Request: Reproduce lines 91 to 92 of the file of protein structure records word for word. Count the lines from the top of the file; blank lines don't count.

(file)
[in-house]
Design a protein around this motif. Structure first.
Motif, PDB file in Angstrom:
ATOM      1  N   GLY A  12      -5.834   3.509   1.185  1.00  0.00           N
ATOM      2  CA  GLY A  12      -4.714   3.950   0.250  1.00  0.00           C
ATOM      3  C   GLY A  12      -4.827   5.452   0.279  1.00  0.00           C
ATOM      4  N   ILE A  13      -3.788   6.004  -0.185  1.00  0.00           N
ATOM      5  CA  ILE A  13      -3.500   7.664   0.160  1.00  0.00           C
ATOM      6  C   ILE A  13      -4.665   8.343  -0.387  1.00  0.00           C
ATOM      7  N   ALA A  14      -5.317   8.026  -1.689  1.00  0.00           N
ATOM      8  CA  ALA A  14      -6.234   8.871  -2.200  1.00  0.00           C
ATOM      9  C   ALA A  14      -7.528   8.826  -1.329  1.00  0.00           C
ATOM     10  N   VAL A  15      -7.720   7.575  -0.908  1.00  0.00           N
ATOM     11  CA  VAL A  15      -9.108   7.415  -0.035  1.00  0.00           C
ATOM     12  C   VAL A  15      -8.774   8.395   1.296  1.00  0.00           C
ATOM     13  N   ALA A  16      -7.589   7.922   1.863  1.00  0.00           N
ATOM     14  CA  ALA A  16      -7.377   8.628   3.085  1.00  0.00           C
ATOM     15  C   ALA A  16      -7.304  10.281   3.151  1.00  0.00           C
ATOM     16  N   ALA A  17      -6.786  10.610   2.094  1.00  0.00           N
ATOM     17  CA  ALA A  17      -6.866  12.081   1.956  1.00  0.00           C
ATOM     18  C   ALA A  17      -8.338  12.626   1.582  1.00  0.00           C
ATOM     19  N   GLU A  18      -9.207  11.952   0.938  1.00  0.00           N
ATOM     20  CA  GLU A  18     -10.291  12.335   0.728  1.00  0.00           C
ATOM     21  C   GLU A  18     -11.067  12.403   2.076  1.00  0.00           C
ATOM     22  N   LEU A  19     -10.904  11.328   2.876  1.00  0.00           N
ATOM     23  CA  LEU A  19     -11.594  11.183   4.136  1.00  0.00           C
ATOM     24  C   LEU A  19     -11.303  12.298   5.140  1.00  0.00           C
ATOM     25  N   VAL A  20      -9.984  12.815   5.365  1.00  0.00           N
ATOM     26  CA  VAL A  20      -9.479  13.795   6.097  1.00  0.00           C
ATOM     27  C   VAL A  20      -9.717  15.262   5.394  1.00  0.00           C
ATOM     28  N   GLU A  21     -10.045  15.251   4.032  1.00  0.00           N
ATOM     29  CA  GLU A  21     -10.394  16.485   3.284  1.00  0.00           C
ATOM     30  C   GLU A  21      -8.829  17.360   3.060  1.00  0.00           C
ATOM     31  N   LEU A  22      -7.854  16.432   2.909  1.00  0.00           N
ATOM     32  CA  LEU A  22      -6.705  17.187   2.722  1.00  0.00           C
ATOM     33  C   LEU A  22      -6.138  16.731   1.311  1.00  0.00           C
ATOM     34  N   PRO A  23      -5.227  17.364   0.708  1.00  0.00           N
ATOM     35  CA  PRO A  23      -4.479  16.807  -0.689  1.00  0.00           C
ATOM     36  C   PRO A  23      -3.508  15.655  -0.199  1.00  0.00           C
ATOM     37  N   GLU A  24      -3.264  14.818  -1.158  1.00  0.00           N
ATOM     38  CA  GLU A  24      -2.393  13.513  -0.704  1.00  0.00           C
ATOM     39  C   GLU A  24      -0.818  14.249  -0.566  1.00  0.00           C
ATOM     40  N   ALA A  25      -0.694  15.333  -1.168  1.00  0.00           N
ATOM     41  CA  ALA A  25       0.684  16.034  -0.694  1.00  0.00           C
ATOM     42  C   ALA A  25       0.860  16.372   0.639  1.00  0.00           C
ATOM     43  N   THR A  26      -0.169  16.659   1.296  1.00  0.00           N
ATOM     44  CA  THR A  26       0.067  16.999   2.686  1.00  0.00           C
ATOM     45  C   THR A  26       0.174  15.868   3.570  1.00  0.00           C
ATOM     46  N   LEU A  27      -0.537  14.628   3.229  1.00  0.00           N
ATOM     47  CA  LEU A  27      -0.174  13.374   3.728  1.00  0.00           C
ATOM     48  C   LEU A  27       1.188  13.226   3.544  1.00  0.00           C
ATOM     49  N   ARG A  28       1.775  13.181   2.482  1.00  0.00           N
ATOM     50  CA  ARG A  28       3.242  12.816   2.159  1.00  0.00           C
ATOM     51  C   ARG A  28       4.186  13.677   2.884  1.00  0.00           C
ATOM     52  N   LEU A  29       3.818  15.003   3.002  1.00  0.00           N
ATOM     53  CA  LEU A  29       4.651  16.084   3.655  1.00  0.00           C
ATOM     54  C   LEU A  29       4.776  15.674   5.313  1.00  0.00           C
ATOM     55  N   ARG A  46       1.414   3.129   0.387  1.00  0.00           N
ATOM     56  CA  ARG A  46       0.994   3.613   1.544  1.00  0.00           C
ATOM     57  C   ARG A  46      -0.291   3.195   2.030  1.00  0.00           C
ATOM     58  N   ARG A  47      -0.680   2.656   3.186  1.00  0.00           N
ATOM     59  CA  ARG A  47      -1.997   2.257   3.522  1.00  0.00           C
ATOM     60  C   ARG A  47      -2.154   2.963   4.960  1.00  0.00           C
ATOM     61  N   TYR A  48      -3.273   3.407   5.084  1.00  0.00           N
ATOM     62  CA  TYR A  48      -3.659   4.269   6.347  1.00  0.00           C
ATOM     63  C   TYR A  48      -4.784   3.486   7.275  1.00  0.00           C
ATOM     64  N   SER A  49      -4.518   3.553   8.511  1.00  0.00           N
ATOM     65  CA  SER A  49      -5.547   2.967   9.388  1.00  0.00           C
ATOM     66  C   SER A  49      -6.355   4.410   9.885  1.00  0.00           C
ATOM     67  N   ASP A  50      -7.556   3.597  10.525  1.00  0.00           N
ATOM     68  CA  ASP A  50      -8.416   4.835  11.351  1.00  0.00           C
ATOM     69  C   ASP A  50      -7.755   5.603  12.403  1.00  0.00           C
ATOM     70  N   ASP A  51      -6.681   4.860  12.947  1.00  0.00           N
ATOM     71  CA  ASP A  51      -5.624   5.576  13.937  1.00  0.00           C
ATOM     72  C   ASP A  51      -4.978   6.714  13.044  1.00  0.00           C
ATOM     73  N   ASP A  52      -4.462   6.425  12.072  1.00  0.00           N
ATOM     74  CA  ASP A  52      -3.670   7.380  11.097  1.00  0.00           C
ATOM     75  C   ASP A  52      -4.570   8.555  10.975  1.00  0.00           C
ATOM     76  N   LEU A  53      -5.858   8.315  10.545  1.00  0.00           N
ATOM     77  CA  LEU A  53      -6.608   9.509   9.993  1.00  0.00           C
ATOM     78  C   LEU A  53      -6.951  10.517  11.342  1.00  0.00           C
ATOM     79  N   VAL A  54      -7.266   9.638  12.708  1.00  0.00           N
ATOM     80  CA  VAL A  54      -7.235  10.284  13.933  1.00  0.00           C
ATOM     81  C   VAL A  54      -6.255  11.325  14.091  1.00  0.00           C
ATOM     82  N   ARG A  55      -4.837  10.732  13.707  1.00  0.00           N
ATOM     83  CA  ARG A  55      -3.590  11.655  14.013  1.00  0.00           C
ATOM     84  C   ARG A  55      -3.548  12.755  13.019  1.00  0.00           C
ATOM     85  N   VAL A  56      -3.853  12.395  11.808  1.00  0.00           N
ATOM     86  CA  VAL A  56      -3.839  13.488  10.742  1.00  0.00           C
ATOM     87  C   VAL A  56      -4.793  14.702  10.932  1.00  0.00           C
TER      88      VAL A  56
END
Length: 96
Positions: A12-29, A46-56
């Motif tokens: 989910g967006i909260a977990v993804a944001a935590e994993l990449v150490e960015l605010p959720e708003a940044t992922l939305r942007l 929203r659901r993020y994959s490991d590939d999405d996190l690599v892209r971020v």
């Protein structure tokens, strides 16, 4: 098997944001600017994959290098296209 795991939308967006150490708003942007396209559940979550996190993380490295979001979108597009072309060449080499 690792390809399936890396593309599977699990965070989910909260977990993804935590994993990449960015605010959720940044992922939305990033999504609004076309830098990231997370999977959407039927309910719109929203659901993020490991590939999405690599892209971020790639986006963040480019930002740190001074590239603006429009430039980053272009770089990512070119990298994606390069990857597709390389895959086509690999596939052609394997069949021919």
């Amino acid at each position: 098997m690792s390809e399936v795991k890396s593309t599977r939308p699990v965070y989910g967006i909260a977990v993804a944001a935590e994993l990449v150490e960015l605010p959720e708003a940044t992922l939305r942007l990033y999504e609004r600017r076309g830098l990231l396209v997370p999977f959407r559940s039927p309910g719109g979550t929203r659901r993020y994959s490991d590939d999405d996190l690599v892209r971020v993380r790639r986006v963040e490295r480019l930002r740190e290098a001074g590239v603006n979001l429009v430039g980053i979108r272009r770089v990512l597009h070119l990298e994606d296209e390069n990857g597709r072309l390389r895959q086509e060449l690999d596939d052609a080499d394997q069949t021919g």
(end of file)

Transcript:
TER      88      VAL A  56
END